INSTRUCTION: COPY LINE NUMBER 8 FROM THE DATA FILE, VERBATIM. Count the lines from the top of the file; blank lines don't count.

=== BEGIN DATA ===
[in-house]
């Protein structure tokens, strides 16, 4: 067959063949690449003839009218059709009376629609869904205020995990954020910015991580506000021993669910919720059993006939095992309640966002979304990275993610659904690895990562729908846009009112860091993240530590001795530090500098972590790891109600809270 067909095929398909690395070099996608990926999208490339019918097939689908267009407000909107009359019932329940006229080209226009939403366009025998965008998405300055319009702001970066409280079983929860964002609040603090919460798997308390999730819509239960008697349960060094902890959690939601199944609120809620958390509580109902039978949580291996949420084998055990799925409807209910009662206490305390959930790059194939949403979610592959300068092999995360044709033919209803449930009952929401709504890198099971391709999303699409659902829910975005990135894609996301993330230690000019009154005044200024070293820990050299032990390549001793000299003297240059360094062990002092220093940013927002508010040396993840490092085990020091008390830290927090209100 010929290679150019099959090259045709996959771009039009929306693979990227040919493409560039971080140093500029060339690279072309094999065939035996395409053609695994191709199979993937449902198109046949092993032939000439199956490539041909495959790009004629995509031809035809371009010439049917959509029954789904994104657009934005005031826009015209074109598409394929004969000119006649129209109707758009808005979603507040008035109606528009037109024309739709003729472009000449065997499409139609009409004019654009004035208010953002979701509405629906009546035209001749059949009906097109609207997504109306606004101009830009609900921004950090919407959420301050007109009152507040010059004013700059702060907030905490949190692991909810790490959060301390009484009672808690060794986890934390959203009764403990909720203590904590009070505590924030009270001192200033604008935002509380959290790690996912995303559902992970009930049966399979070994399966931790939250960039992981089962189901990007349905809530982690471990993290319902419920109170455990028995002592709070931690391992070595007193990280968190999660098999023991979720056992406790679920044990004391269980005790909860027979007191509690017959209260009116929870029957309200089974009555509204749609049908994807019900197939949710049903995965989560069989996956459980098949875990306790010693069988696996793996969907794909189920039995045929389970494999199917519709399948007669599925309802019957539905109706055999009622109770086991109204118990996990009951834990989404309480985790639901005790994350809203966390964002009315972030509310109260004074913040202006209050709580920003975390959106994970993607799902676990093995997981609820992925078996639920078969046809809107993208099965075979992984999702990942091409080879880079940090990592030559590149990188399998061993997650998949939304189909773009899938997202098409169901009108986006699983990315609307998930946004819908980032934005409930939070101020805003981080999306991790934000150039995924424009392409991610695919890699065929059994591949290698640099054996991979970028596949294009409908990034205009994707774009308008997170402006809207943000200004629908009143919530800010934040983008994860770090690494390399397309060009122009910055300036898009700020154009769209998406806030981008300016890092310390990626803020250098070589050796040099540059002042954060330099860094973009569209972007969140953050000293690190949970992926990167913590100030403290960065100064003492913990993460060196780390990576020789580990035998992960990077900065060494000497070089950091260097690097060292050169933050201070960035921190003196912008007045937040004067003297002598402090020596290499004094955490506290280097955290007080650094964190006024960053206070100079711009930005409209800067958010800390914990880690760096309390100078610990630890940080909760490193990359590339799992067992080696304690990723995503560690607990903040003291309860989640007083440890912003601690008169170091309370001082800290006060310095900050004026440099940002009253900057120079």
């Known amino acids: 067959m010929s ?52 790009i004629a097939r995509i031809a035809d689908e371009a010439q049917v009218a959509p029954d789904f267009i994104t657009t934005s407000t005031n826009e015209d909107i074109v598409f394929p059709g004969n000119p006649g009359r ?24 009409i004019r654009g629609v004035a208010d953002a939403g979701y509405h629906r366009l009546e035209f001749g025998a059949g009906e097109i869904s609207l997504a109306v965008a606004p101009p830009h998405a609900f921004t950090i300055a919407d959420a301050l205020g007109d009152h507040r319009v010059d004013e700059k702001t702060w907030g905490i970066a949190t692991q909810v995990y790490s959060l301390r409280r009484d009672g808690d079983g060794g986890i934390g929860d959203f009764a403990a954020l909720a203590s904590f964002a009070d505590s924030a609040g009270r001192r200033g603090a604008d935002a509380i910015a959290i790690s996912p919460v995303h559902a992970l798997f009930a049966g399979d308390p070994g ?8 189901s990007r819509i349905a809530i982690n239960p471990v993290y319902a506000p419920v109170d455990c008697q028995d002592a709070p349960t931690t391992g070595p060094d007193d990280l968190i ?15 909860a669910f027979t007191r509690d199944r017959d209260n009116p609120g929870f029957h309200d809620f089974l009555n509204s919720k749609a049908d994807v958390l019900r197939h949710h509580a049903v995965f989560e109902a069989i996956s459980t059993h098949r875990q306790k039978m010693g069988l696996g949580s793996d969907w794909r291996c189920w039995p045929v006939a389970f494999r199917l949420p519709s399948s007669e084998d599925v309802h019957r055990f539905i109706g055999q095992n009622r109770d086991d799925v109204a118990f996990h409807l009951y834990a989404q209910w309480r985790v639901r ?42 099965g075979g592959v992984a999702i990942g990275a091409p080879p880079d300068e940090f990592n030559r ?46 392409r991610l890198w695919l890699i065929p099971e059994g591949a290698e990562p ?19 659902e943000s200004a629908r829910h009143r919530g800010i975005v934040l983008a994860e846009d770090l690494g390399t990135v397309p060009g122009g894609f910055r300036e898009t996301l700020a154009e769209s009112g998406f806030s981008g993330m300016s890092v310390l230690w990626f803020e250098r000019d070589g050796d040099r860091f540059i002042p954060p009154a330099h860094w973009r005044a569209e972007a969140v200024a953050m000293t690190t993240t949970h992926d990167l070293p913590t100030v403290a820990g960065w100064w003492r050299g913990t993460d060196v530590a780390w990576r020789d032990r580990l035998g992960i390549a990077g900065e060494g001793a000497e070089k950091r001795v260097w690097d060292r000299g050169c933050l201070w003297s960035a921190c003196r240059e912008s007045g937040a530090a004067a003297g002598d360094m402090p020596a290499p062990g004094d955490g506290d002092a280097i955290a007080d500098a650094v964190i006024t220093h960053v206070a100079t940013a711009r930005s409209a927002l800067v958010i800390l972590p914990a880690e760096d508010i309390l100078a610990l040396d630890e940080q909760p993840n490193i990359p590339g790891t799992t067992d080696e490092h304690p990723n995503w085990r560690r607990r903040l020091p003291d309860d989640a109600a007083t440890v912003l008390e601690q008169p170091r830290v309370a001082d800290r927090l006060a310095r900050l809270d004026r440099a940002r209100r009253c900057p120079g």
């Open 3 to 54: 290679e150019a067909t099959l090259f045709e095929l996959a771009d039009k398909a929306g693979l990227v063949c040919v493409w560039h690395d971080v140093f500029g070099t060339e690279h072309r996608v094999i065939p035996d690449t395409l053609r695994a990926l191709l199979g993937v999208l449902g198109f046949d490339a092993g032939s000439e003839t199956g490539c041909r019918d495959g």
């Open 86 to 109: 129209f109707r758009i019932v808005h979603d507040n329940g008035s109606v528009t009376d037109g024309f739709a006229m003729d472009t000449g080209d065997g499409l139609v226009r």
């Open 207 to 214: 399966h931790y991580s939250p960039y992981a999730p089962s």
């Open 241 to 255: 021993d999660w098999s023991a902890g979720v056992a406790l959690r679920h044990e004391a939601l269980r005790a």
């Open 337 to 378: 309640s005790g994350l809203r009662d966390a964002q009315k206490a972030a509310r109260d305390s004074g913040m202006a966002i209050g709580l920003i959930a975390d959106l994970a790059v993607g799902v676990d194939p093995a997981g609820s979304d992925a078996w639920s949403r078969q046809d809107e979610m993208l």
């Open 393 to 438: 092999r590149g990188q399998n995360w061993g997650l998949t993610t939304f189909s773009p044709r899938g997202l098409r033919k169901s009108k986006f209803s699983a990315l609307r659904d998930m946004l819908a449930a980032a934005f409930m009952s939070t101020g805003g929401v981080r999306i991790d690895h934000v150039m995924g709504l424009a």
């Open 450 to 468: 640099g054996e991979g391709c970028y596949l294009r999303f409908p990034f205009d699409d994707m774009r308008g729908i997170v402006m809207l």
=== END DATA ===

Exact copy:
């Open 337 to 378: 309640s005790g994350l809203r009662d966390a964002q009315k206490a972030a509310r109260d305390s004074g913040m202006a966002i209050g709580l920003i959930a975390d959106l994970a790059v993607g799902v676990d194939p093995a997981g609820s979304d992925a078996w639920s949403r078969q046809d809107e979610m993208l």